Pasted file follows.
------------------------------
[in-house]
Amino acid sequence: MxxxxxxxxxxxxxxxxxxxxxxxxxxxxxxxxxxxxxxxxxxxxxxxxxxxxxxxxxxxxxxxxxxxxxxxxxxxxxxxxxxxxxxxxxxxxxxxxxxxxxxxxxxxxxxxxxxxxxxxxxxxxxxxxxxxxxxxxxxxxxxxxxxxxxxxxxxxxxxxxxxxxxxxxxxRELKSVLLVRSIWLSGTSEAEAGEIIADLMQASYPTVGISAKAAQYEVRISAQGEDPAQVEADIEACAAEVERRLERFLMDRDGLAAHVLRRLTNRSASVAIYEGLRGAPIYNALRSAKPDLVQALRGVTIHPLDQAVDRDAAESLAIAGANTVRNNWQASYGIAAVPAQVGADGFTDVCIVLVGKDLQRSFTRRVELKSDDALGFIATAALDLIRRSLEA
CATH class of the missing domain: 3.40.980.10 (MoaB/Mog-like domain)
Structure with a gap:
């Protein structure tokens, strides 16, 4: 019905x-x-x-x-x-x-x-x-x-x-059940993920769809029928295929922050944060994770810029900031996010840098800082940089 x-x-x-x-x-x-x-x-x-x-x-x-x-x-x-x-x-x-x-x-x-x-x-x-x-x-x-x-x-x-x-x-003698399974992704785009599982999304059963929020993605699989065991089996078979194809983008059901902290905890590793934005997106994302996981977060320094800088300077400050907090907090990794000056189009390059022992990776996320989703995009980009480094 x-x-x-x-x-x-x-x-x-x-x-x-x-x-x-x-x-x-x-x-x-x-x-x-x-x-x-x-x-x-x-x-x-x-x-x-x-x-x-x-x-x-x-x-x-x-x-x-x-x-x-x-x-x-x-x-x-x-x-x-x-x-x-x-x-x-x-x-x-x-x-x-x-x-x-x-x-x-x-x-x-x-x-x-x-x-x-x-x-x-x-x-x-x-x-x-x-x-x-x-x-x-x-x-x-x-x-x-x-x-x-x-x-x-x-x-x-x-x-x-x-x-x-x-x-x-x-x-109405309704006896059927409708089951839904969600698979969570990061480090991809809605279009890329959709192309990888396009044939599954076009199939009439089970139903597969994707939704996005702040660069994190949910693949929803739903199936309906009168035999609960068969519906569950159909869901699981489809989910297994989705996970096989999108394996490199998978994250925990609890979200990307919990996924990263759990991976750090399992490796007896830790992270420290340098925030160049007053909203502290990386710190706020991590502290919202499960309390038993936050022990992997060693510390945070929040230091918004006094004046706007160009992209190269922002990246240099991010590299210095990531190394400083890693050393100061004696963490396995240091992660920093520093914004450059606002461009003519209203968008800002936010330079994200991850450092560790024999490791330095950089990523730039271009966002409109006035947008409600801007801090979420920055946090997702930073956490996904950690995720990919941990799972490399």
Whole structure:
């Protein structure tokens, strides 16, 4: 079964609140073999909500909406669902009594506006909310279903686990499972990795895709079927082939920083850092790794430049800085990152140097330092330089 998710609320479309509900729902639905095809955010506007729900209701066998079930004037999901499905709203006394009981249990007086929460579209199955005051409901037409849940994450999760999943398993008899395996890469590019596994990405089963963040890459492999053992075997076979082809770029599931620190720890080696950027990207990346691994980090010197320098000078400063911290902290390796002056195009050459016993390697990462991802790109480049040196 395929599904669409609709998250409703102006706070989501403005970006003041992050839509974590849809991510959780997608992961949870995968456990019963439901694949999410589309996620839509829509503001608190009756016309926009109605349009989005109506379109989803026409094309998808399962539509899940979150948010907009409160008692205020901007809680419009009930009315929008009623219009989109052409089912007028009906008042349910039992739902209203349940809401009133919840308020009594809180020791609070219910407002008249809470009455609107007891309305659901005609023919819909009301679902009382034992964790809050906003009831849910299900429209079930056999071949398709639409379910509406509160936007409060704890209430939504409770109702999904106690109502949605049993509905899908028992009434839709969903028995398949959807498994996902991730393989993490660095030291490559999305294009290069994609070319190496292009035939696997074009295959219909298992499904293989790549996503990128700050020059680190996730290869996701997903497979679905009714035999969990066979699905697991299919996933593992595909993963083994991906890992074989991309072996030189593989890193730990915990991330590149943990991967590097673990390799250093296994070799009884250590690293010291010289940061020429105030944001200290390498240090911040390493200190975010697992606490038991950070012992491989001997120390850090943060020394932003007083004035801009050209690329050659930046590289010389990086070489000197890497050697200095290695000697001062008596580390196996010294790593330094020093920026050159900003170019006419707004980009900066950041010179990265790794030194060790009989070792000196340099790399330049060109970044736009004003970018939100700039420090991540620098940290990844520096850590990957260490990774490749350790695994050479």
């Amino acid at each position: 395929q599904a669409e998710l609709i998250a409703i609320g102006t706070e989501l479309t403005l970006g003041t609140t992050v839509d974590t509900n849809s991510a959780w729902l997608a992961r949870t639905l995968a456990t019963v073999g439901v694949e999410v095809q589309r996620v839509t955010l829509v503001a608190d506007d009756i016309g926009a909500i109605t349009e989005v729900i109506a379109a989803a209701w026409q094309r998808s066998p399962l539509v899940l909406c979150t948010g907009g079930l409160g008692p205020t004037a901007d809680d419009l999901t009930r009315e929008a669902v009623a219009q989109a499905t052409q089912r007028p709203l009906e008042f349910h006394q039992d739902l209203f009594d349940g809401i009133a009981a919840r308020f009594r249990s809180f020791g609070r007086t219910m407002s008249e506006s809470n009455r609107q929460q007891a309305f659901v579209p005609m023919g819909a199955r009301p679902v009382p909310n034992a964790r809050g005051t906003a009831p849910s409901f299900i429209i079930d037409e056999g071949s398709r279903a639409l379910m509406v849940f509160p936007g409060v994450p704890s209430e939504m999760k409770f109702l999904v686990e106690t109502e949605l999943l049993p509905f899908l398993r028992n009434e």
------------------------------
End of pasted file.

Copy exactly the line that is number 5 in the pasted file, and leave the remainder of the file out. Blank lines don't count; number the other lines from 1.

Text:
């Protein structure tokens, strides 16, 4: 019905x-x-x-x-x-x-x-x-x-x-059940993920769809029928295929922050944060994770810029900031996010840098800082940089 x-x-x-x-x-x-x-x-x-x-x-x-x-x-x-x-x-x-x-x-x-x-x-x-x-x-x-x-x-x-x-x-003698399974992704785009599982999304059963929020993605699989065991089996078979194809983008059901902290905890590793934005997106994302996981977060320094800088300077400050907090907090990794000056189009390059022992990776996320989703995009980009480094 x-x-x-x-x-x-x-x-x-x-x-x-x-x-x-x-x-x-x-x-x-x-x-x-x-x-x-x-x-x-x-x-x-x-x-x-x-x-x-x-x-x-x-x-x-x-x-x-x-x-x-x-x-x-x-x-x-x-x-x-x-x-x-x-x-x-x-x-x-x-x-x-x-x-x-x-x-x-x-x-x-x-x-x-x-x-x-x-x-x-x-x-x-x-x-x-x-x-x-x-x-x-x-x-x-x-x-x-x-x-x-x-x-x-x-x-x-x-x-x-x-x-x-x-x-x-x-x-109405309704006896059927409708089951839904969600698979969570990061480090991809809605279009890329959709192309990888396009044939599954076009199939009439089970139903597969994707939704996005702040660069994190949910693949929803739903199936309906009168035999609960068969519906569950159909869901699981489809989910297994989705996970096989999108394996490199998978994250925990609890979200990307919990996924990263759990991976750090399992490796007896830790992270420290340098925030160049007053909203502290990386710190706020991590502290919202499960309390038993936050022990992997060693510390945070929040230091918004006094004046706007160009992209190269922002990246240099991010590299210095990531190394400083890693050393100061004696963490396995240091992660920093520093914004450059606002461009003519209203968008800002936010330079994200991850450092560790024999490791330095950089990523730039271009966002409109006035947008409600801007801090979420920055946090997702930073956490996904950690995720990919941990799972490399």